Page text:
After battles, you and your party may be rewarded with money, weapons, and items. There are two ways you can divide your wealth among party members. One is to let the party leader spread the take among the rest of the party, while the other involves an element of chance. Everyone who is interested in a particular item will be assigned a randomly generated number (from 001-999), and the one with the highest "roll" wins the item.
When players die, they are transported back to their "home points," which are usually located in each faction's capitols. There are also home points in unpopulated parts of Vana'diel, though they may prove to be more dangerous since enemies could be lurking nearby. At any rate, the home points will most likely become major gathering places where players seek party members or sell weapons and items.
Veteran FF players will be pleased to see many key elements of the Final Fantasy series have been brought over to FFXI intact. The game also features a number of elements from previous games in the Final Fantasy series. Though the only jobs revealed so far are warrior, monk, white magician, black magician, red magician, and thief, you can expect to see others such as summoner. You can switch jobs during the game, and you can also choose a "support job," which is largely the same as becoming a dual-class player in other RPGs. You can take on a support job by meeting a job master and completing the mission that he or she offers. Though players who take on a support job will be able to use the abilities of two jobs, they will only gain experience points for their main job. In addition, your support job will function at one-half of its actual level. For example, if your main job is 10th-level white magician, and you take on warrior as your new main job and designate the white magician as your support job, you'll become a level-one warrior and a level-five white magician.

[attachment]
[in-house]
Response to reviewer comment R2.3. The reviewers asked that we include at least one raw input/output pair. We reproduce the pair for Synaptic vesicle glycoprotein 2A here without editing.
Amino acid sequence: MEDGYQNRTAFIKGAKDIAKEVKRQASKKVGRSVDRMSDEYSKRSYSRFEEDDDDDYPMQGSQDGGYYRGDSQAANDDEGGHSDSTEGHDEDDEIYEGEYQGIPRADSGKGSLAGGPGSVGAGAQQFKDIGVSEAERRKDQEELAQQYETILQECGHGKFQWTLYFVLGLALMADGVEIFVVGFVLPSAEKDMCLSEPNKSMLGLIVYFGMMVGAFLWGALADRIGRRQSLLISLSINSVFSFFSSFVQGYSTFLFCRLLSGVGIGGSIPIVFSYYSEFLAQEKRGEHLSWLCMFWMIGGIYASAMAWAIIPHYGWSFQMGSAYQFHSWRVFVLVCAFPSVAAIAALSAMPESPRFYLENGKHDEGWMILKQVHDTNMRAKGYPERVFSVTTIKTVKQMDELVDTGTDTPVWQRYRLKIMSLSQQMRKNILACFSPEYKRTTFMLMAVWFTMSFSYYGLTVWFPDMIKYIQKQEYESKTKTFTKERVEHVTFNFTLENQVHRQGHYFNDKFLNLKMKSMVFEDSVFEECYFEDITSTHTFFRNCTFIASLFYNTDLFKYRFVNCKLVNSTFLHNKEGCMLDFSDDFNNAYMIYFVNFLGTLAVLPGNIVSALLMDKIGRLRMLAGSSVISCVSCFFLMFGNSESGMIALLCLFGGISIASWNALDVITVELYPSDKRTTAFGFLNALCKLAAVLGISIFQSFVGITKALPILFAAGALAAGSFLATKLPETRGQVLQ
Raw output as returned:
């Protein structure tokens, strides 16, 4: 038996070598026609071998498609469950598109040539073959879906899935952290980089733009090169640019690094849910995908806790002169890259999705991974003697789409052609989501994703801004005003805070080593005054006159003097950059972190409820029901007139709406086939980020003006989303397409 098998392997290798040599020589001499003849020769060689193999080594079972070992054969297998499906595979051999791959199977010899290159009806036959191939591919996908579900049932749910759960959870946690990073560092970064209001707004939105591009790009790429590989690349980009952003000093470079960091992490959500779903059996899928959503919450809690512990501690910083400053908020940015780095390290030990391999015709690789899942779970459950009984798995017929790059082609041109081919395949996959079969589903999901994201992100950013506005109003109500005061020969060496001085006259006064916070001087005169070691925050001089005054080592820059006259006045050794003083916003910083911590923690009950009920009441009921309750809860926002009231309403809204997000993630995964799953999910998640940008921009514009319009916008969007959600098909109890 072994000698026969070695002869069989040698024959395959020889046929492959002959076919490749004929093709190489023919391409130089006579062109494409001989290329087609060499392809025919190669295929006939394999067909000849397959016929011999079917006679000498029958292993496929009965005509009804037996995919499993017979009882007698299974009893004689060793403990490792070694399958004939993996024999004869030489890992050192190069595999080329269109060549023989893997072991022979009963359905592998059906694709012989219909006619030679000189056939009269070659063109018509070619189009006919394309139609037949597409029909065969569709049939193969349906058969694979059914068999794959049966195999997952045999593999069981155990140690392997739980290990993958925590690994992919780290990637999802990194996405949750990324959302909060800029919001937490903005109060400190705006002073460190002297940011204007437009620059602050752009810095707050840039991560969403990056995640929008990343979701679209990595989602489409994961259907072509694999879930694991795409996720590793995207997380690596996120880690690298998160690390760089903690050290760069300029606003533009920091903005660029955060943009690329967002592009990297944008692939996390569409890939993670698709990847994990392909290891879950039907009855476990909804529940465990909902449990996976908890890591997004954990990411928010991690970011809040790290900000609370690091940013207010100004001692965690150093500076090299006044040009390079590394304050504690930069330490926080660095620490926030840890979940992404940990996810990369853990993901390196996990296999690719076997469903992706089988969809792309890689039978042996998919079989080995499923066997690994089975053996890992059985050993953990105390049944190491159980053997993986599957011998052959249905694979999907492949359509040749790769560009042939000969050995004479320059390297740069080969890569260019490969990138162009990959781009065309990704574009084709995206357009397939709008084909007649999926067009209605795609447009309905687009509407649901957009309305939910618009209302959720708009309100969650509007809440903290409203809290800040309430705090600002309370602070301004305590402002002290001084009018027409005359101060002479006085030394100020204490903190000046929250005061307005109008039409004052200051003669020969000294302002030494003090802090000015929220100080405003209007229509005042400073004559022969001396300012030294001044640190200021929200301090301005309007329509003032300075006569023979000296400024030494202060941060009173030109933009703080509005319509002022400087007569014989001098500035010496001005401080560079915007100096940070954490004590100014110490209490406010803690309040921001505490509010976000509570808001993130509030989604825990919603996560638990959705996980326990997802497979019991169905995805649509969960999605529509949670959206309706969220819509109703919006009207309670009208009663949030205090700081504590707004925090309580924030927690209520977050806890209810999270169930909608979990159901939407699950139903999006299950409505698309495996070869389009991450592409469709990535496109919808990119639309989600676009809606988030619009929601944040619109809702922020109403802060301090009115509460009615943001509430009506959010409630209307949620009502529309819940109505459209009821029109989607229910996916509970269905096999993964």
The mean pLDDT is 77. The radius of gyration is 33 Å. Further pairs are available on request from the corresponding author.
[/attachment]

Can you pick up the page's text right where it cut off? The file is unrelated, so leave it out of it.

There are several elite guards located in and outside of cities and towns, and they have the ability to cast the magic spell "crysta." Only guards from your faction can cast the spell on you. This spell allows you to earn crystals randomly after battles. There are four types of crystals--fire, earth, wind, and water--and they can be fused onto weapons and equipment, though their exact effects are not yet known.
One last interesting bit is that the different servers the game will use will be named after the bosses in previous Final Fantasy games--Chaos (FFI), Xdeath (FFV), Golbez (FFIV), and Zande (FFIII). In the beginning of the game, players will be restricted to the server they start on. However, players will be allowed to travel between the servers later on in the game, though no specific information about this feature has been released.
We hope to deliver more information on the game as its release approaches. Expect to see Final Fantasy XI on the PlayStation 2 and PC this spring in Japan. Players will need the PS2 hard drive to play the game, and they'll also be charged a yet-to-be announced monthly fee (though access to the PlayOnline network's auxiliary functions will still be free of charge).